Ford’s Redundancies!

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UNITE’S leadership said it wants ‘full involvement’ in the negotiations over the axing of 275 managerial, supervisory and engineering jobs announced by Ford in the UK yesterday.

The sackings are part of the 500 such job cuts across Ford’s Europe operations announced yesterday.

The union claimed the sackings, at Ford’s Warley HQ in Essex and research and development centre at Dunton, also in Essex, will be ‘voluntary’.

Unite national officer, Roger Maddison, said: ‘Unite will be asking that its officers and reps have full involvement in this process which will be voluntary. It represents a 10% cut in the 2,500-strong UK managerial and engineering workforce.

‘We had a meeting with the company yesterday and we stressed two main points. Firstly, that the work that these employees are doing is not, at some future stage, outsourced from the UK.

‘We are also concerned that there is a coherent business case in going forward. We don’t want the remaining managerial and engineering staff having excess workloads imposed on them, once their colleagues have left the company.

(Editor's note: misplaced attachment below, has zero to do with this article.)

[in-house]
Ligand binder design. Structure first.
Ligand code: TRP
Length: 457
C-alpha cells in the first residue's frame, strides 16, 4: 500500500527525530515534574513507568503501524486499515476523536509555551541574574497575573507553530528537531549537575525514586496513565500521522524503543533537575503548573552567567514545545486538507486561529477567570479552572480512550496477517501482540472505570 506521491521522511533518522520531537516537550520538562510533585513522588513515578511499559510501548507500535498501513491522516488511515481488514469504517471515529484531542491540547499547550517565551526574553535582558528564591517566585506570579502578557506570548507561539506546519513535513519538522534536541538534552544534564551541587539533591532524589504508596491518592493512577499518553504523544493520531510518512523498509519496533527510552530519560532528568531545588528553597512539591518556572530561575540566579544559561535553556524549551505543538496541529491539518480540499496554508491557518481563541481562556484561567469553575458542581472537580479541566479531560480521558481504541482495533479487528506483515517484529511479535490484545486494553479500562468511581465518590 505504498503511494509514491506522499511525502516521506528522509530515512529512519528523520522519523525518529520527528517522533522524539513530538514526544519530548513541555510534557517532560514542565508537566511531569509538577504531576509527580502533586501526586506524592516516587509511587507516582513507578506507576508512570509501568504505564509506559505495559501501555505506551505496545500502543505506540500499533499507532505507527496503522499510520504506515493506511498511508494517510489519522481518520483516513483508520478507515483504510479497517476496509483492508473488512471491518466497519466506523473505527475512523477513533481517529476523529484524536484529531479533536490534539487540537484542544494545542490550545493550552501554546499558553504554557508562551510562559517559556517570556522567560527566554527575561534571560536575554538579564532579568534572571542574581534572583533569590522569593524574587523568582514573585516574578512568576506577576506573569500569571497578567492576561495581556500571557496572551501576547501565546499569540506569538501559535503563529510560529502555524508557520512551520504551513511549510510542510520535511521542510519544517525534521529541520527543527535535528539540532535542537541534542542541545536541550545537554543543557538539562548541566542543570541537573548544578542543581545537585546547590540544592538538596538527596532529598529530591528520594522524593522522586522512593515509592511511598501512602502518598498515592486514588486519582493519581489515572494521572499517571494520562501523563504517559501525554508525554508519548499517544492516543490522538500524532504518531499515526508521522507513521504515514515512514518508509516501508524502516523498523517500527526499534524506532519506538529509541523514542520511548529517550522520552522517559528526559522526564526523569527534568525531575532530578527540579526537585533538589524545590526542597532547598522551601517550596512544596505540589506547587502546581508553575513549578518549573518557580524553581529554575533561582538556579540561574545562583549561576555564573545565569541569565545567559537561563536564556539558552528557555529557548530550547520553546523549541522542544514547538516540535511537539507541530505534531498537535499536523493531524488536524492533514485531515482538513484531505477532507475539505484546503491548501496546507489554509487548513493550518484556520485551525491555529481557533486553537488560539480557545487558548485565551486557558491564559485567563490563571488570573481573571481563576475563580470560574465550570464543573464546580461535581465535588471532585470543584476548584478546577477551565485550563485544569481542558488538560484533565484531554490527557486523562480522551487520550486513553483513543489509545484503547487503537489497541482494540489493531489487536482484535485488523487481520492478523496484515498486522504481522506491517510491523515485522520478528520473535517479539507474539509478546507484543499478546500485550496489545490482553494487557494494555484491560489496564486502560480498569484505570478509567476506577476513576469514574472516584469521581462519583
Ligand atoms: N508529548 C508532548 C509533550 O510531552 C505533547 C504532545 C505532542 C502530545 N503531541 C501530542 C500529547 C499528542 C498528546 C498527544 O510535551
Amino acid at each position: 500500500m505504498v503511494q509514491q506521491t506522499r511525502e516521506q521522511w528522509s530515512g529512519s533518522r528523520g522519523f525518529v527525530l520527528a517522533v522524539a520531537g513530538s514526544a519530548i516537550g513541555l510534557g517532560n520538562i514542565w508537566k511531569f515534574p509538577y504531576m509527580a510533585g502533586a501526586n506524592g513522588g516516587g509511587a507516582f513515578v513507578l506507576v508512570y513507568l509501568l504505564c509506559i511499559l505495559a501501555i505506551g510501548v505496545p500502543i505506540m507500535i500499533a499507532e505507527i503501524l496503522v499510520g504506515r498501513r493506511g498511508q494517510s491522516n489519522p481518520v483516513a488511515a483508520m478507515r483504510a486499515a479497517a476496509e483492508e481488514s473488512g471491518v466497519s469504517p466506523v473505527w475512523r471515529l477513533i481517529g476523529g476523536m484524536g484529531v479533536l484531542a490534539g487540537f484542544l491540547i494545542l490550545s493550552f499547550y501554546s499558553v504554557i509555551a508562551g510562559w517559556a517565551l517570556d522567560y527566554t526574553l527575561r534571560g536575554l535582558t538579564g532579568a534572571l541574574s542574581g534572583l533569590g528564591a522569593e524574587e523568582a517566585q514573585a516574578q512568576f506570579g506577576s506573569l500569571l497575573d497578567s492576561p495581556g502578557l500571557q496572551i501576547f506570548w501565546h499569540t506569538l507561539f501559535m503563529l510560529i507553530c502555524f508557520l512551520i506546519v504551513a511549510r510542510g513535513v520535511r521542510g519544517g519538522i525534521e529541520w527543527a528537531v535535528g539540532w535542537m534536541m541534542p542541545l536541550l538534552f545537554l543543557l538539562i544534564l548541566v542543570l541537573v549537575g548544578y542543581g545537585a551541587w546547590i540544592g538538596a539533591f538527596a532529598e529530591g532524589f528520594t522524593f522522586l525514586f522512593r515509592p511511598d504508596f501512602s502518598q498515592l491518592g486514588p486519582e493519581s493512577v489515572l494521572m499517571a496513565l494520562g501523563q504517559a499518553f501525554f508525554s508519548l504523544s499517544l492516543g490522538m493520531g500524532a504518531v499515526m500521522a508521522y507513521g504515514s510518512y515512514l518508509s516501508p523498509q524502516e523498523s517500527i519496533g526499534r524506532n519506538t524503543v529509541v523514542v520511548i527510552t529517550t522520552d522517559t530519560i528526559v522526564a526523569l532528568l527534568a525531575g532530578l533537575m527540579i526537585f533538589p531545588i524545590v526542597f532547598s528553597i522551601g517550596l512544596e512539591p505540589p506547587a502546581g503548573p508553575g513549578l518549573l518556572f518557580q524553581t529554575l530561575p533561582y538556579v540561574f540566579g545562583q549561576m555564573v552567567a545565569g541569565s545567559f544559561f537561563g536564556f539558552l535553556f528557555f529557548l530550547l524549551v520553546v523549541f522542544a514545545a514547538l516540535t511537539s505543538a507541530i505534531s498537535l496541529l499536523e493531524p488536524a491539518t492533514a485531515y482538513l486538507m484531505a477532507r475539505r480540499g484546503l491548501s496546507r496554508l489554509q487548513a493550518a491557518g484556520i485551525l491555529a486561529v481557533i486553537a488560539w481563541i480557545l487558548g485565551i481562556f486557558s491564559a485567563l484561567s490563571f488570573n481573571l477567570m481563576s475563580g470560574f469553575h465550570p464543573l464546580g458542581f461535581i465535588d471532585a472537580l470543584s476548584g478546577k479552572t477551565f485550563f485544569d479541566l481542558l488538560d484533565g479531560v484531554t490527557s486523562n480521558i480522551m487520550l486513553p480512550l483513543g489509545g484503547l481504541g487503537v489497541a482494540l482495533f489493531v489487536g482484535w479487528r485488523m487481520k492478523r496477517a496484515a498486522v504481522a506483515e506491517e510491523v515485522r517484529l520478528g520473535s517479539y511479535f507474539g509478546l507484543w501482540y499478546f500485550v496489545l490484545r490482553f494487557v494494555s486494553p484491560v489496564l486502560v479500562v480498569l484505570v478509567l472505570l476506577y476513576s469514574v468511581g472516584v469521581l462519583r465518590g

‘Ford has said that it has excess capacity in these areas and we have to recognise the challenging economic conditions that Ford is facing, with losses of $1bn on its European operations this year.

‘Naturally, we don’t like any loss of employment and we will be negotiating the best possible redundancy packages for those wishing to leave.’

Ford employs about 15,000 workers in the UK.

GM has closed its plants at Luton and Ellesmere Port for this current week.

• Unison has submitted a motion to Labour’s annual Conference in Manchester, attacking the public sector pay freeze.

It reads: ‘Conference condemns the prolonged pay freezes that mean public sector workers have had their real terms pay cut dramatically and notes that most of the lowest paid have not received the £250 rise that Osborne promised.

‘Conference believes that depressing workers’ living standards in a recession is self-defeating and contributes to economic stagnation.’